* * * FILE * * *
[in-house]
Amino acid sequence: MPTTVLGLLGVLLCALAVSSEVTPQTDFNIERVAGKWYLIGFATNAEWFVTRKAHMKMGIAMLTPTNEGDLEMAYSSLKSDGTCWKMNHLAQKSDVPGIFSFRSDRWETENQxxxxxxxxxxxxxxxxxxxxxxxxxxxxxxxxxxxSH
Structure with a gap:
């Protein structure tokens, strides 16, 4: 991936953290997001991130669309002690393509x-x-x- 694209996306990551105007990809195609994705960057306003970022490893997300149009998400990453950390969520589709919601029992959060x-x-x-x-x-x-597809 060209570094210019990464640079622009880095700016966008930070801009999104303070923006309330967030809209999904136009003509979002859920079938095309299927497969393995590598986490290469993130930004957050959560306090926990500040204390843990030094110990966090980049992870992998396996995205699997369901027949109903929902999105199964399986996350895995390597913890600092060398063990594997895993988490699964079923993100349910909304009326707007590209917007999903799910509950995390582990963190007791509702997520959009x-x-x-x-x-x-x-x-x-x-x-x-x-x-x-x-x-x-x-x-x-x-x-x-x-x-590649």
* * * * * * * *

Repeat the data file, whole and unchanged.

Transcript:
[in-house]
Amino acid sequence: MPTTVLGLLGVLLCALAVSSEVTPQTDFNIERVAGKWYLIGFATNAEWFVTRKAHMKMGIAMLTPTNEGDLEMAYSSLKSDGTCWKMNHLAQKSDVPGIFSFRSDRWETENQxxxxxxxxxxxxxxxxxxxxxxxxxxxxxxxxxxxSH
Structure with a gap:
């Protein structure tokens, strides 16, 4: 991936953290997001991130669309002690393509x-x-x- 694209996306990551105007990809195609994705960057306003970022490893997300149009998400990453950390969520589709919601029992959060x-x-x-x-x-x-597809 060209570094210019990464640079622009880095700016966008930070801009999104303070923006309330967030809209999904136009003509979002859920079938095309299927497969393995590598986490290469993130930004957050959560306090926990500040204390843990030094110990966090980049992870992998396996995205699997369901027949109903929902999105199964399986996350895995390597913890600092060398063990594997895993988490699964079923993100349910909304009326707007590209917007999903799910509950995390582990963190007791509702997520959009x-x-x-x-x-x-x-x-x-x-x-x-x-x-x-x-x-x-x-x-x-x-x-x-x-x-590649």